Fujifilm X10 Brief Review


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  • 12 megapixel EXR-CMOS sensor
  • 4x optical zoom with 28mm wide-angle, f2.0-f2.8
  • 1080p Full HD video recording
  • Optical viewfinder
  • RAW capture
  • Manual modes
  • Lithium-ion battery
  • Release Date: 2011-09-01
  • Final Grade: 86 4.3 Star Rating: Recommended

Fujifilm X10
12 megapixel EXR-CMOS sensor; 4x optical zoom with 28mm wide-angle, f2.0-f2.8; 1080p Full HD video recording; Optical viewfinder; RAW capture; Manual modes; Lithium-ion battery
By Digital Admin, Last updated on: 8/21/2014

The Fujifilm X10 competes with the likes of the Panasonic LX5, Canon G12, Olympus XZ-1, and Nikon P7100 in the advanced prosumer category. These cameras, all larger than a typical point and shoot, generally have fast lenses and very good image quality. The retro-styled X10 is no exception: it performed admirably in reviews with its EXR sensor, which most notably ups the dynamic range of images in 6 megapixel DR mode. The lens is a fast f2.0-2.8 and useful 28mm-112mm 4x range, although we would have liked to see something a bit wider. The X10 has also been plagued with floating "orbs" around specular highlights, a problem that Fujifilm has acknowledged but not found a fix for (other than releasing new cameras with a modified sensor). Many find this problem unacceptable for a camera that costs $600; apparently most of that money goes into making the body itself a thing of beauty.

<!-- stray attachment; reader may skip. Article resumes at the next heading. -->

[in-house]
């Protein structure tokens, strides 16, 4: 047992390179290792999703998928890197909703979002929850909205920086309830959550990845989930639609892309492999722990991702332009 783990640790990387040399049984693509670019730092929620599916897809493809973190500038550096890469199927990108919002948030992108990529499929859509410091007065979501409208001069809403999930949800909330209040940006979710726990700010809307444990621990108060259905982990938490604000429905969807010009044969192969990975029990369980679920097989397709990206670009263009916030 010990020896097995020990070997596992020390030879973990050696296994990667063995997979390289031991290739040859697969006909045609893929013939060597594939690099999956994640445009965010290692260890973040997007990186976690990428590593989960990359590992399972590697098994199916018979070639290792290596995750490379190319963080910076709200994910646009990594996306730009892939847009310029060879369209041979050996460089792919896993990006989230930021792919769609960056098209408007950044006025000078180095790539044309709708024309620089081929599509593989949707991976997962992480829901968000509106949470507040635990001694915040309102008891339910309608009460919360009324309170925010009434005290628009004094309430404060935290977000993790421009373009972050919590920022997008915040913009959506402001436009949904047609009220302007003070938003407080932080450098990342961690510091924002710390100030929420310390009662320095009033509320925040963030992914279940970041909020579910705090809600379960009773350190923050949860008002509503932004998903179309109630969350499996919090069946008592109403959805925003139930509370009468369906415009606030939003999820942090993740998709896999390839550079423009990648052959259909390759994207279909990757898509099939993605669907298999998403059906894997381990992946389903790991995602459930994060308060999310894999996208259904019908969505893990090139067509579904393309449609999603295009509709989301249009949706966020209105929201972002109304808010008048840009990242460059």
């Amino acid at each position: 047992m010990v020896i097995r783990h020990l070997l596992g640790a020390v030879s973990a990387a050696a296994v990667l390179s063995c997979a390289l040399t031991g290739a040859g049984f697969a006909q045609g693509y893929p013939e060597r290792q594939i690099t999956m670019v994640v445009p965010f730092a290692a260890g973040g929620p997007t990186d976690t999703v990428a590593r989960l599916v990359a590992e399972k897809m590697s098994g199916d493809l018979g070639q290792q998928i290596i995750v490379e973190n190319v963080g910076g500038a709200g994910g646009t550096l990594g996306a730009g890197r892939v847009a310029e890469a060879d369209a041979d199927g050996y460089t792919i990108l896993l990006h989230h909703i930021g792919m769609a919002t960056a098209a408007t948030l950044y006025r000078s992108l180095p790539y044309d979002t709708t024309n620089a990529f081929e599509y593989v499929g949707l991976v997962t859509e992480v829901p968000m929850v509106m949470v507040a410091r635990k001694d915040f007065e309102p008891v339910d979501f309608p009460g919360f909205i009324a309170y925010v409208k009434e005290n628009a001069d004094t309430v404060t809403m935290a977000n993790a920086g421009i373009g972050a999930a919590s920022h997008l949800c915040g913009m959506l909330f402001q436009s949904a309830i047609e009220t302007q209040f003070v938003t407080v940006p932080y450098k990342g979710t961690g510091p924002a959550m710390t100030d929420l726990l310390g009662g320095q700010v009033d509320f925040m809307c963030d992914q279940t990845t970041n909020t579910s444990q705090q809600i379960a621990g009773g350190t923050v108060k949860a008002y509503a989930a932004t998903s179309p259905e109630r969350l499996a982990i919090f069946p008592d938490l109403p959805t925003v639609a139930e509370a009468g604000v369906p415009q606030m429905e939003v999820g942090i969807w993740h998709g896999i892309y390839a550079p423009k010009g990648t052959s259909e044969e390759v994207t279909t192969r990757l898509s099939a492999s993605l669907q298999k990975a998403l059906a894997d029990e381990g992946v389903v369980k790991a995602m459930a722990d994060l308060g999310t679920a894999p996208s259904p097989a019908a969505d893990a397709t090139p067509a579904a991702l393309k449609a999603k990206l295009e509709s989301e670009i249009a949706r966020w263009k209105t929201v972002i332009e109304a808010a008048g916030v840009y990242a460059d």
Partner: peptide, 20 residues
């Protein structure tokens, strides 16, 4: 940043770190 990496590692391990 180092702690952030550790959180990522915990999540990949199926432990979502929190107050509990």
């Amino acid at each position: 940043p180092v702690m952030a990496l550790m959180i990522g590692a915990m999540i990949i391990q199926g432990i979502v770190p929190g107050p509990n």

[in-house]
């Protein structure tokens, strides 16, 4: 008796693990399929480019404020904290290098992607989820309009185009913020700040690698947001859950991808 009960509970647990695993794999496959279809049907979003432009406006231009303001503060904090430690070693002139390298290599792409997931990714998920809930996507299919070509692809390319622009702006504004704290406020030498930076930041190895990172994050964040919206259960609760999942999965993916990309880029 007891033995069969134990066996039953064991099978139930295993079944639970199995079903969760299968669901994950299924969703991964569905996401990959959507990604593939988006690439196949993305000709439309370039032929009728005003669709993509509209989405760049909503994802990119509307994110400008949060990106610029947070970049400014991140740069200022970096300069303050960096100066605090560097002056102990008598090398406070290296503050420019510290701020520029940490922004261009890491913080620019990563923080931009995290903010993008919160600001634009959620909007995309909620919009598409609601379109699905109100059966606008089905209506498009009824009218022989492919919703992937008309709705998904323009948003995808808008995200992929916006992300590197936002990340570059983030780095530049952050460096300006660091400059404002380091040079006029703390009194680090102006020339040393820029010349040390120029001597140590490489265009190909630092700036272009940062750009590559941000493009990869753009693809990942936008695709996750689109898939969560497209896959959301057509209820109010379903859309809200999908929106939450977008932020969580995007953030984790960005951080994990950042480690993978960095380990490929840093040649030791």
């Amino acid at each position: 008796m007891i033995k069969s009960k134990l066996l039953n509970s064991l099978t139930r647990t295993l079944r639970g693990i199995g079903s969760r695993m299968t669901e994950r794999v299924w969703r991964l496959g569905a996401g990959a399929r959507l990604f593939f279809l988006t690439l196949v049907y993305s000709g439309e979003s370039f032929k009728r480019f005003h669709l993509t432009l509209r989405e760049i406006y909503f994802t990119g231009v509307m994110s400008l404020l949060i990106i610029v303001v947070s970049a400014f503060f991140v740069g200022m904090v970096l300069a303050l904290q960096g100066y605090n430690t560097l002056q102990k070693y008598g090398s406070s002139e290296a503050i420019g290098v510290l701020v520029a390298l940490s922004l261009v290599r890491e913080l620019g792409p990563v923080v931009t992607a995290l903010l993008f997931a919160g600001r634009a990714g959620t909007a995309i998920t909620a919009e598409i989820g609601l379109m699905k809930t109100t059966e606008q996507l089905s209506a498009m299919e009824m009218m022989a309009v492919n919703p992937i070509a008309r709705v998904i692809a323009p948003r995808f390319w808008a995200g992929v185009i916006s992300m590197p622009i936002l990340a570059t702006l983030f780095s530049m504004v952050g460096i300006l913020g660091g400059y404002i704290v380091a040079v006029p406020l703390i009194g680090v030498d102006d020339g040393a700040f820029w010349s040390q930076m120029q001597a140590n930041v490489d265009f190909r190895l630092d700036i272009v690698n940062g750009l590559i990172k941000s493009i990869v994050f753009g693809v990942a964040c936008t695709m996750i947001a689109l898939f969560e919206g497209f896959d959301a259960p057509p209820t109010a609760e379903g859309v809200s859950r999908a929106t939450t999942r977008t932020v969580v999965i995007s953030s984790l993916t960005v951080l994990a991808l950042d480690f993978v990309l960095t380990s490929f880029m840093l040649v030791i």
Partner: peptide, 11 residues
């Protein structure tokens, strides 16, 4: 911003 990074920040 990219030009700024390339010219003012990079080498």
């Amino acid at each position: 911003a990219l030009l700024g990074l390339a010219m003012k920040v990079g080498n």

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Being among the first creators of the compact camera, Fujifilm is one of the world's most significant imaging and photographic companies. Fujifilm launched the DS-1P in 1988, gaining credit for the first real digital camera widely available.

Most of their latest advanced cameras use an X-Trans sensor, which eliminates the need for an optical low pass filter by reducing moire with the arrangement of pixel units instead. Eliminating the optical low pass filter means there's less between the lens and the sensor, which translates into better resolution and detail.

Fujifilm digital cameras are famous for their natural image color, wide dynamic range, low noise and high sensitivity. It's hard to go wrong with a Fujifilm X mirrorless camera. Models like the X-M1 have an affordable price, yet sacrifice the right features in order to reach that price. Models like the X-T1, on the other hand, are packed full of the latest, greatest features on the market.

Fujifilm is about more than mirrorless though, offering several fixed lens cameras that are good options as well. Their super zoom cameras are usually a pretty good bet. They also offer a waterproof XP line, but they're more of a budget camera than a best-in-class option.

Fujifilm has also recently joined the retro camera craze, giving many of their models a retro film look with all the features of digital. Many of their models follow this trend, but there's a few that stick with a more digital look.

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